Friday, June 10, 2016

On sailing double-handed


Double-Handed Sailing 

is after all like 

Single-Handing Half the Time 


- Daria Blackwell 



After crossing oceans a few times, I was often asked if I didn't get tired of my husband during three weeks together at sea. I always answered no, because I hardly ever saw him. "What?" they said, "But you're together on a boat 24/7?" Yes, but you're rarely together and awake at the same time. So basically, sailing double-handed is like sailing solo half the time.
  • It is like solo sailing, but you are not alone. 
  • It is like having a crew, but there is usually nobody else around. 
  • Both have to be competent, trustworthy and reliable. 
  • There is always someone on watch. 
  • Each is responsible for the entire world when on watch. 
  • There is usually someone asleep. (And someone to take a picture of the person sleeping.) 
  • You always get enough rest, unless things go wrong. 
  • When things go really wrong, there's someone else to help you think things through. 
  • There are two people to share the chores. 
  • It is psychologically easier when there's someone else to talk to. 
  • You don't have to take as many selfies, but you usually do anyway. 
  • Double-handed racers work their boats harder because they handle maneuvers together. 
  • If one falls overboard, there's a chance that the other might see it and stop the boat.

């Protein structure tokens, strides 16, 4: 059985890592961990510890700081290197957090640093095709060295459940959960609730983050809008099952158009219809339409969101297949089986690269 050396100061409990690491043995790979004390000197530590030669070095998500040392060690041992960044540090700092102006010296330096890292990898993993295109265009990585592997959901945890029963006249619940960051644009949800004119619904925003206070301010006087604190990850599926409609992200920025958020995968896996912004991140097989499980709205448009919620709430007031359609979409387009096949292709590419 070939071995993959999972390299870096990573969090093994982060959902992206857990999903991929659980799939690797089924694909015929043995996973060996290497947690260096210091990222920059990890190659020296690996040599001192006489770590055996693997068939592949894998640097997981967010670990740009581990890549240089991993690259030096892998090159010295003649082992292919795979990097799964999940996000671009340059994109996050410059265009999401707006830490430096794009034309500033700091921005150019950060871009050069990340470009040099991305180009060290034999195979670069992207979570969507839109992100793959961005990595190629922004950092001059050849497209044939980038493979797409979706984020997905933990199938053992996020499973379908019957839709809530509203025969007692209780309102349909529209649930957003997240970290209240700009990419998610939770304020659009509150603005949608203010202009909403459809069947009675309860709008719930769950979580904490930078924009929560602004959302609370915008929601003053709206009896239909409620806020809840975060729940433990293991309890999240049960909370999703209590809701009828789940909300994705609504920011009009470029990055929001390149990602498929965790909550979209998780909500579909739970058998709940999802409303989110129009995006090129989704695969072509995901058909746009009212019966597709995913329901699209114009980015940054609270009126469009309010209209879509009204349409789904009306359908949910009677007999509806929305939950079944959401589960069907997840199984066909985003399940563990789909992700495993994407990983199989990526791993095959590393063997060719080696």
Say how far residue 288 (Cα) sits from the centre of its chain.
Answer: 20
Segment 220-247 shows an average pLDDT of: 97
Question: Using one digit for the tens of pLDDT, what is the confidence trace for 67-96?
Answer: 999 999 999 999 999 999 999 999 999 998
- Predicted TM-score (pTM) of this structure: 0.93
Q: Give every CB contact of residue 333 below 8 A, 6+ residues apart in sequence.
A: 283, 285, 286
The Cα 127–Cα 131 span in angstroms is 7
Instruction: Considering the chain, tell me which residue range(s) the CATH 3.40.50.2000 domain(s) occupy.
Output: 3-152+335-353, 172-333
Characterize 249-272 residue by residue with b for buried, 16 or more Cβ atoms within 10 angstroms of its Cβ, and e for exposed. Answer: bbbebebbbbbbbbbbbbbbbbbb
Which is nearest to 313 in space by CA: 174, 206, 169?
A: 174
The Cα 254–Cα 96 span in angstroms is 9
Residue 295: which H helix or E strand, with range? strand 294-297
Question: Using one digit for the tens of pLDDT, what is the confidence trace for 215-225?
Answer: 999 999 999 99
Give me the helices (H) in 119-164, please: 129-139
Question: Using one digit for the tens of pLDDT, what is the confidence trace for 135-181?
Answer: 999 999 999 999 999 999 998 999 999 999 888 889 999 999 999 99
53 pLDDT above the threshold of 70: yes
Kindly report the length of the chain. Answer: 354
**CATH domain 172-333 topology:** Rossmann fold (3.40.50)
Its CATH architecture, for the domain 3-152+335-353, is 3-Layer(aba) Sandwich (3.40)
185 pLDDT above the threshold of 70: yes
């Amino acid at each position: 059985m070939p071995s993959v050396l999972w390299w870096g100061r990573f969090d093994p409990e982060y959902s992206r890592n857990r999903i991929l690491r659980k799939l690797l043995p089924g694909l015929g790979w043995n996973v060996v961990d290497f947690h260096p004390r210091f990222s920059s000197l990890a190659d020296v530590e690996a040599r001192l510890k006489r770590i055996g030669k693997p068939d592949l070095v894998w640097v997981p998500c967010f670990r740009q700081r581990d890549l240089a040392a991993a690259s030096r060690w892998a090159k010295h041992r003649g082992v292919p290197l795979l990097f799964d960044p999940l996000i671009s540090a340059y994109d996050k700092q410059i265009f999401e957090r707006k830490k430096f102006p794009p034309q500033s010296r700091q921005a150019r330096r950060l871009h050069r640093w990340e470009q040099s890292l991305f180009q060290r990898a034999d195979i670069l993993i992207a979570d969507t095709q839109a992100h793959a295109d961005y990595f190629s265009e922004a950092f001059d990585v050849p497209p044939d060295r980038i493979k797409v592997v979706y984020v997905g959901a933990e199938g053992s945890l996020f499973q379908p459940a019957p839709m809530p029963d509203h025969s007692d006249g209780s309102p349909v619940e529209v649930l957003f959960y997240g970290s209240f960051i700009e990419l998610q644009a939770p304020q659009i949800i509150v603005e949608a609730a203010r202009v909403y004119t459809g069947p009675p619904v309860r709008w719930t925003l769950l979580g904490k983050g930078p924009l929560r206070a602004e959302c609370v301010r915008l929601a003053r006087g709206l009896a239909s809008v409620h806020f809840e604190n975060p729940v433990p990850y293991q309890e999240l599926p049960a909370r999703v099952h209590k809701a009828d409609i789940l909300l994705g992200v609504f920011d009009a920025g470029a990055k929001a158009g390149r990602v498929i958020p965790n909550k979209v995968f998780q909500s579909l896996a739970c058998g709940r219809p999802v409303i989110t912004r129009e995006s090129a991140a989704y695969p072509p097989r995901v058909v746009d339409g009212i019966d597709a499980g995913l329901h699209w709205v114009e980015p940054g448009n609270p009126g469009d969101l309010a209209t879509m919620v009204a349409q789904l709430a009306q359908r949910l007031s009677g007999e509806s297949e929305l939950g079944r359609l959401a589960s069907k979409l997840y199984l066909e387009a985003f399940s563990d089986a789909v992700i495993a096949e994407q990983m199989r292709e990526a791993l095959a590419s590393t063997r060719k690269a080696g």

• You need rules to get you through it. 
    • Rules about boat handling, when to wake the other person, how to share space aboard. 

From the
Barcelona World Race, which is sailed double-handed:

'If the boats are basically the same, and many are navigated by the same skippers, is there a difference between solo and two-handed circumnavigation? "Double sailing is physically harder because you usually perform more manoeuvres. Solo sailing is more demanding psychologically. For example, when you change the sail by yourself you have to be really careful not to make any mistakes," remarks Alex Thomson, second in the inaugural Barcelona World Race, who is not hiding his desire to be on the starting line in Barcelona next year.

Alex Thomson believes that sharing space on board is not a problem, no matter how cramped it is: "It’s better than being alone; you always have someone to talk to and it’s more fun", states the skipper of Hugo Boss.'


Amen. I would hate to be out there and never have anyone to tell about the whale that came up within arm's reach or the sunset that magnificently painted the sky. That's part of the allure of being at sea. Sharing the remarkable beauty. I love sailing double-handed. It's the best of the sailing worlds for me.

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